After a largely criticized first presidential debate and a cancellation of the second, presidential candidates, President Donald Trump and Former Vice President Joe Biden, took the stage for their final debate last Thursday, Oct. 22. This debate was very important for each candidate, as it was their final major opportunity to present their platforms to undecided voters. The debate, moderated by Kristen Welker, covered topics ranging from the current pandemic to racism in America and was considered by most to be an improvement of the last debate. 

“The second debate was much better in terms of letting people hear more about the issues in a more coherent way,” history teacher Dr. Berk said. “It made it easier to see what the candidates had to say and made it more possible to evaluate their platforms.”

The first issue the candidates debated was the COVID-19 pandemic. Each candidate had two minutes to explain his plan on how to successfully defeat the virus and keep citizens safe. Trump expressed a belief that the spiking cases in states would soon go down and additionally announced that a vaccine was coming by the end of the year. Biden, on the other hand, stated that his plan was to reopen the country as safely as possible. His regulations would include a mask mandate and new safety precautions for public places. 

With the looming threat of foreign interference in this year’s election, the next topic debated on was national security. This portion of the debate turned more into an offensive match between the two candidates. Biden called Trump out on his unreleased tax returns, while Trump attacked Biden with the scandal surrounding his son, Hunter Biden, and the belief that Hunter got money from China.

Because the COVID-19 pandemic has left many families in a health crisis, Americans tuned in to hear the candidates discuss their plans for healthcare. Trump stated he planned to terminate Obamacare and replace it with his own healthcare plan. Biden, on the other hand, told Americans he wanted to improve upon Obamacare and ensure healthcare for all. For some viewers, however, the little amount of time spent on actual plans for healthcare was not enough.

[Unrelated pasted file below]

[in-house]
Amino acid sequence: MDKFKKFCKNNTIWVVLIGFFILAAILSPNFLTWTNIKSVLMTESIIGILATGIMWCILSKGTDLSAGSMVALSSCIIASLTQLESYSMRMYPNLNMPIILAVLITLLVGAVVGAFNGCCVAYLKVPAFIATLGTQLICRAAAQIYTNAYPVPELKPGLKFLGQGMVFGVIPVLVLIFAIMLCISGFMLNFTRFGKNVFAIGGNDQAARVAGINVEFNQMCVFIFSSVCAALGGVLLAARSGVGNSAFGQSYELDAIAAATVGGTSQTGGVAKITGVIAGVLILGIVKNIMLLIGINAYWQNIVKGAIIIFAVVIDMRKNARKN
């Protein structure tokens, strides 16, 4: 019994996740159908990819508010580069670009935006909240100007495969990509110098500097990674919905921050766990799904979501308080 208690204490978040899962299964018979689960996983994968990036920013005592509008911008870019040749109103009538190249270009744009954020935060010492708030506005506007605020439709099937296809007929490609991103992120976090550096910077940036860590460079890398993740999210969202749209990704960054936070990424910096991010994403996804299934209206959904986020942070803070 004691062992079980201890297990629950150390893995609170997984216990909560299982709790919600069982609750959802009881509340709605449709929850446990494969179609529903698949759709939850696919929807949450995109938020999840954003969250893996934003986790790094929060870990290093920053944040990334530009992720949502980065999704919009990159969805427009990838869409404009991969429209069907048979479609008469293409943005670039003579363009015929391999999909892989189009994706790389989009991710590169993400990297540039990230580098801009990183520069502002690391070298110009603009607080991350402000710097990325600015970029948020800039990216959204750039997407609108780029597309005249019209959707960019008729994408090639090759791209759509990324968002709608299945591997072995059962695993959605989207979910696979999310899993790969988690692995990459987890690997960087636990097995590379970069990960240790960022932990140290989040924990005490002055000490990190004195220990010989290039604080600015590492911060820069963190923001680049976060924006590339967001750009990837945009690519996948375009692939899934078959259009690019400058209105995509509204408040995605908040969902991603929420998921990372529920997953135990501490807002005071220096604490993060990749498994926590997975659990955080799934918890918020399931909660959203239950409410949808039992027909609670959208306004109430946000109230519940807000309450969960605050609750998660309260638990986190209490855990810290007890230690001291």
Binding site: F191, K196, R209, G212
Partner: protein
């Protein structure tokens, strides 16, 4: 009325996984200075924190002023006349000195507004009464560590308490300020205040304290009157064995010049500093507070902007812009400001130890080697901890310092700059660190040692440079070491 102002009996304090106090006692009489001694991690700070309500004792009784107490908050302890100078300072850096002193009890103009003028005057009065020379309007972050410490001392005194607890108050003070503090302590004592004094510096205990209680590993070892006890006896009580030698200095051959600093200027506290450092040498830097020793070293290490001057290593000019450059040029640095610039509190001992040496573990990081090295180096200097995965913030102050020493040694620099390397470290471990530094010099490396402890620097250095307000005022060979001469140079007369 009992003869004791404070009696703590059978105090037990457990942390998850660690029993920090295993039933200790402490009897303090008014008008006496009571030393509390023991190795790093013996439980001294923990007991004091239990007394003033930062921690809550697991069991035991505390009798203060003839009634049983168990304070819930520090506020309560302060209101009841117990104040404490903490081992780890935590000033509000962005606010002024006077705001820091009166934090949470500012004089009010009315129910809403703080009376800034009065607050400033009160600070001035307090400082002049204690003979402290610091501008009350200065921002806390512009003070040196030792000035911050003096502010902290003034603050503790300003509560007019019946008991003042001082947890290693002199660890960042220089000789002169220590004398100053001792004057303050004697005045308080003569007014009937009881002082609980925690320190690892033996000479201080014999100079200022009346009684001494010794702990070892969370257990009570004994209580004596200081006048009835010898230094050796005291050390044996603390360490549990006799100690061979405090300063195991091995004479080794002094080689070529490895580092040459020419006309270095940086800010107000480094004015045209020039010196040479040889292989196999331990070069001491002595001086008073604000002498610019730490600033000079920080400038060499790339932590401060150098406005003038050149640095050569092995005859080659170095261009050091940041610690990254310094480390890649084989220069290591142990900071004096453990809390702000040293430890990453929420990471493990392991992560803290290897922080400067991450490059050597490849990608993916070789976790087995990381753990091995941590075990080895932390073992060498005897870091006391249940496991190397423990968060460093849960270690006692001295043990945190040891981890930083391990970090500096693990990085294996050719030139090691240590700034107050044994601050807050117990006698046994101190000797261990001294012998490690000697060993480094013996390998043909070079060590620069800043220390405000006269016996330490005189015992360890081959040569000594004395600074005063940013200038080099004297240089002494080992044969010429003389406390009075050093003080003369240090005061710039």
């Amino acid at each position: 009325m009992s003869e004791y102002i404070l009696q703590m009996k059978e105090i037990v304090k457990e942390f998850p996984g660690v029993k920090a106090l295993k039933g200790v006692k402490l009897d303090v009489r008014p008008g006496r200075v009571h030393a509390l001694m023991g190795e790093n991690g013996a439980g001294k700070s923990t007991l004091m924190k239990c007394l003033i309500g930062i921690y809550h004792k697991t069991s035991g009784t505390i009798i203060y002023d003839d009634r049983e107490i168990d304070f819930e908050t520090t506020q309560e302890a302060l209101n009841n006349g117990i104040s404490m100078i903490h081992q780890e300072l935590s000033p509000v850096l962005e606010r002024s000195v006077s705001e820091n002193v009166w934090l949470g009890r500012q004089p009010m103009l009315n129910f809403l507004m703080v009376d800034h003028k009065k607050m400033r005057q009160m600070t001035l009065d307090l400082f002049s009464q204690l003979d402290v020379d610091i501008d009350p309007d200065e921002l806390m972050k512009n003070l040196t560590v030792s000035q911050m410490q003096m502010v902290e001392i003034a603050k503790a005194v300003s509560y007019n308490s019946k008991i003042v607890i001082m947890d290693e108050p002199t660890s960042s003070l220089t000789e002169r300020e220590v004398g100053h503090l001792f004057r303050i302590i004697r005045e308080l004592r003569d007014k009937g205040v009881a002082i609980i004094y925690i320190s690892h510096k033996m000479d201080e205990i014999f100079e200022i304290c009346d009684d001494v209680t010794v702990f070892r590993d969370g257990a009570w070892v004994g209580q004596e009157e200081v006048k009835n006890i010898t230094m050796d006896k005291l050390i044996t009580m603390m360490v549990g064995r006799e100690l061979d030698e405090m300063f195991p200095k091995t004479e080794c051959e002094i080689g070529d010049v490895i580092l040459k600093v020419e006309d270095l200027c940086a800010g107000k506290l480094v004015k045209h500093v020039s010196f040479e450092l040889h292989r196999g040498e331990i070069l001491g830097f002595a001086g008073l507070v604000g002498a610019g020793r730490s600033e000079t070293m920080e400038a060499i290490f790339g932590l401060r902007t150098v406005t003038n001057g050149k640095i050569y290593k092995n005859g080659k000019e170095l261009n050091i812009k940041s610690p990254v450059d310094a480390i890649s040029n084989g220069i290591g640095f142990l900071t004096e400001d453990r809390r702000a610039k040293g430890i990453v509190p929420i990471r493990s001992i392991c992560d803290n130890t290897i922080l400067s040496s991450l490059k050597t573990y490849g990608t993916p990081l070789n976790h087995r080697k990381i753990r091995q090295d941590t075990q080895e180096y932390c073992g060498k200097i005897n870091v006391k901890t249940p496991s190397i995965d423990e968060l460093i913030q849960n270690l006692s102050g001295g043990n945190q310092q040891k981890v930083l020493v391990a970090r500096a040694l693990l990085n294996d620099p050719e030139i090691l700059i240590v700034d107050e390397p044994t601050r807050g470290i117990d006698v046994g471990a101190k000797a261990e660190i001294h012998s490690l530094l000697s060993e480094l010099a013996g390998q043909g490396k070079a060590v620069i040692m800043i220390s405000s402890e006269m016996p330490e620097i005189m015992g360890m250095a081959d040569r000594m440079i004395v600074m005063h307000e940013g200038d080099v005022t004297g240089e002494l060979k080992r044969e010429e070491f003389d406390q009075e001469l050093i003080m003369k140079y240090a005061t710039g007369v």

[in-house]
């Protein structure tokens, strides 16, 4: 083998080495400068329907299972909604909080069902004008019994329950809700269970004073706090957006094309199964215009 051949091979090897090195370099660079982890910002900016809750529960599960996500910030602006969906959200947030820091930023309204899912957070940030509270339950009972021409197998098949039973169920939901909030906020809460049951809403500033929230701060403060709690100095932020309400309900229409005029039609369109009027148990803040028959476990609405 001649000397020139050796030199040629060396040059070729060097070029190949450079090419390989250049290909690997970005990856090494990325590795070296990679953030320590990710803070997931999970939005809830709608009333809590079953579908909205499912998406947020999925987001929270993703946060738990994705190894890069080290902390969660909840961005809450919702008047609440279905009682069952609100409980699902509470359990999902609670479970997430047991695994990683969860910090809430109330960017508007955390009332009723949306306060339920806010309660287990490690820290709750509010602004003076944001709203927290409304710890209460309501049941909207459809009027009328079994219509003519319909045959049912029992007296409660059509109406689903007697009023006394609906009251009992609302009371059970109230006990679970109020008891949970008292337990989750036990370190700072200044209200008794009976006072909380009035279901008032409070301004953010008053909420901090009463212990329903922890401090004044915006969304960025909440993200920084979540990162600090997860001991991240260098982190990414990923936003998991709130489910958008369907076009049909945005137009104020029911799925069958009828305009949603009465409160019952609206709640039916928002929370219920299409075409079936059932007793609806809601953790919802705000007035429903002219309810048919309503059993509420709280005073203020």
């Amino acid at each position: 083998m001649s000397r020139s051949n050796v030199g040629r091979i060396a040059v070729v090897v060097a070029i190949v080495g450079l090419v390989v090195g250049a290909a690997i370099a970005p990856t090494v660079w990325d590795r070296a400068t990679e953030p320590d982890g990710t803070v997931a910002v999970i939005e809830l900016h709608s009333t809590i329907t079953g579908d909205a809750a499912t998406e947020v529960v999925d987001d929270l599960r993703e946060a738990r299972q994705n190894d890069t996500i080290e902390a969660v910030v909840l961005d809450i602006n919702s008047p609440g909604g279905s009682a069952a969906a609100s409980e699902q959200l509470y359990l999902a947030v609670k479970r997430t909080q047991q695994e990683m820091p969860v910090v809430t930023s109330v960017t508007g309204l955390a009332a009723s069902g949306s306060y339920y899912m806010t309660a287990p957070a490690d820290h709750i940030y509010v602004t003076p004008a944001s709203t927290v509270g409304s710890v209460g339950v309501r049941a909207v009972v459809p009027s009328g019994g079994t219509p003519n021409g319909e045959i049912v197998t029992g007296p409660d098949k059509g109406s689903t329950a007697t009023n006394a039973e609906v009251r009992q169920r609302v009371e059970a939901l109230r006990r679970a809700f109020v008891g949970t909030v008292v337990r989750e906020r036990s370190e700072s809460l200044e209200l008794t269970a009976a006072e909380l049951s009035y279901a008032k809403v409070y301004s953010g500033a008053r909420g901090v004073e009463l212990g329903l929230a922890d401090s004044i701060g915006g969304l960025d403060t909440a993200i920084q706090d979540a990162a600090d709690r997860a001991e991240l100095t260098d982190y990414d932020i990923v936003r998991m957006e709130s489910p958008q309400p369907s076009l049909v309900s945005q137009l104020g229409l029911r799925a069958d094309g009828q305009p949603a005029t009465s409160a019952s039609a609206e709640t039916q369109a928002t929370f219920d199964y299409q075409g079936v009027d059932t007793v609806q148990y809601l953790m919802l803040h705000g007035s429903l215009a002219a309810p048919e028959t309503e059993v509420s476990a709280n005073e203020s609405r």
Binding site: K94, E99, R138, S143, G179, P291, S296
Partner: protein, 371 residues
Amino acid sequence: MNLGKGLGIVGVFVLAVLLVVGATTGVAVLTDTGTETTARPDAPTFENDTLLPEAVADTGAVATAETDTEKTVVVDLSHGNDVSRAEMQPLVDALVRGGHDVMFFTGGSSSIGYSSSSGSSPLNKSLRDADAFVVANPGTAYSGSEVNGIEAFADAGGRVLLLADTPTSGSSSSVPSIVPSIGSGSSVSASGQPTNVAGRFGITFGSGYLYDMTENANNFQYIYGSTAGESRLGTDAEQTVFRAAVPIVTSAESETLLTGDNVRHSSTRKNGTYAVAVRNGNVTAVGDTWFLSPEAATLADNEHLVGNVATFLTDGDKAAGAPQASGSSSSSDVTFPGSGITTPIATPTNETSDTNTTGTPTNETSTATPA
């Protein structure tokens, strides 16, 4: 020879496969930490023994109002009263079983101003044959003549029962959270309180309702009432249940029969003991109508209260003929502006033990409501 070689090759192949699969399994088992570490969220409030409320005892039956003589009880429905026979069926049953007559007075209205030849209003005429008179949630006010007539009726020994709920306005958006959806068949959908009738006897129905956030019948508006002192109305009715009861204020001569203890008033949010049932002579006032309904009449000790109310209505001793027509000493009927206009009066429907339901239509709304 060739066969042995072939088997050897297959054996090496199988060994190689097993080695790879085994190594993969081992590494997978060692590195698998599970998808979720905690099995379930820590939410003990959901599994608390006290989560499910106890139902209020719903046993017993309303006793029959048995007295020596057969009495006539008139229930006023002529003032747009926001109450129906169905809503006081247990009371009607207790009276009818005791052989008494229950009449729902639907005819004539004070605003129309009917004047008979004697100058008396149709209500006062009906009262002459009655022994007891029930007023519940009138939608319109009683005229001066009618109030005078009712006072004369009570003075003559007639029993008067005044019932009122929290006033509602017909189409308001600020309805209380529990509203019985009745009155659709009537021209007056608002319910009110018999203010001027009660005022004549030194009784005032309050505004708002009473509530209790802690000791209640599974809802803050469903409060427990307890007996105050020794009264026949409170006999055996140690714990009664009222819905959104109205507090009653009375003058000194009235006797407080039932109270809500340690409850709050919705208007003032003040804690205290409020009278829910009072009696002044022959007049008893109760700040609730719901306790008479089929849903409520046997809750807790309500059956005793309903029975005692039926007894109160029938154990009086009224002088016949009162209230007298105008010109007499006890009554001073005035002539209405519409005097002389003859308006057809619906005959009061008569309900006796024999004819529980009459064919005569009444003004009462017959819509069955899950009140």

“I would have preferred more time to be spent talking about healthcare,” Dr. Berk said. “I don’t think the potential stimulus bill was addressed as much as I would have liked.” 

The recent surge in the Black Lives Matter movement has put the topic of race in many Americans’ minds, thus the subject of racism was heavily deliberated in the debate. Biden argued that racism is indeed institutional and that people of color should have better economic and educational opportunities. Trump took the offense and pointed out how Biden’s passage of the Crime Bill in 1994 put many African American men in prison. 

Perhaps the most poignant conversation of the night was the topic of the crisis going on at the Mexican border. Last week, it was reported that the parents of around 545 kids who were separated from their families at the border could not be located. Biden seized the moment to berate the negligence of the Trump Administration and their former Zero Tolerance policy, while Trump tried to turn the blame back onto the Obama administration. 

“Honestly, I feel like this topic was a perfect summary of the entire debate, in the sense that both candidates relied on a ‘safety argument’ to fall back on,” junior Ryan Daunt said. “President Trump’s safety argument was clearly his attack on Former Vice President Biden’s lack of results in his time in office, while Former Vice President Biden’s safety argument was an appeal to emotion to everyone who has suffered under President Trump’s administration.”

With many scientists saying climate change will soon be irreversible, the candidates were given the opportunity in the final topic of the night to explain their plans to stop climate change. Trump used his time to defend his decision to pull the United States out of the Paris Accord and criticize Biden’s climate plan. Biden firmly asserted his belief in climate change and promised to help America transition away from the oil industry to a cleaner energy source. 

“I felt the topic of climate change was handled the best,” junior Danielle Collins said. “You could see their opinions clearly, and there were less personal attacks.” 

With Election Night in less than two weeks, this debate allowed both decided and undecided voters to see the policies and beliefs of the two candidates. Now only time will tell who’s performance paved a way to the White House.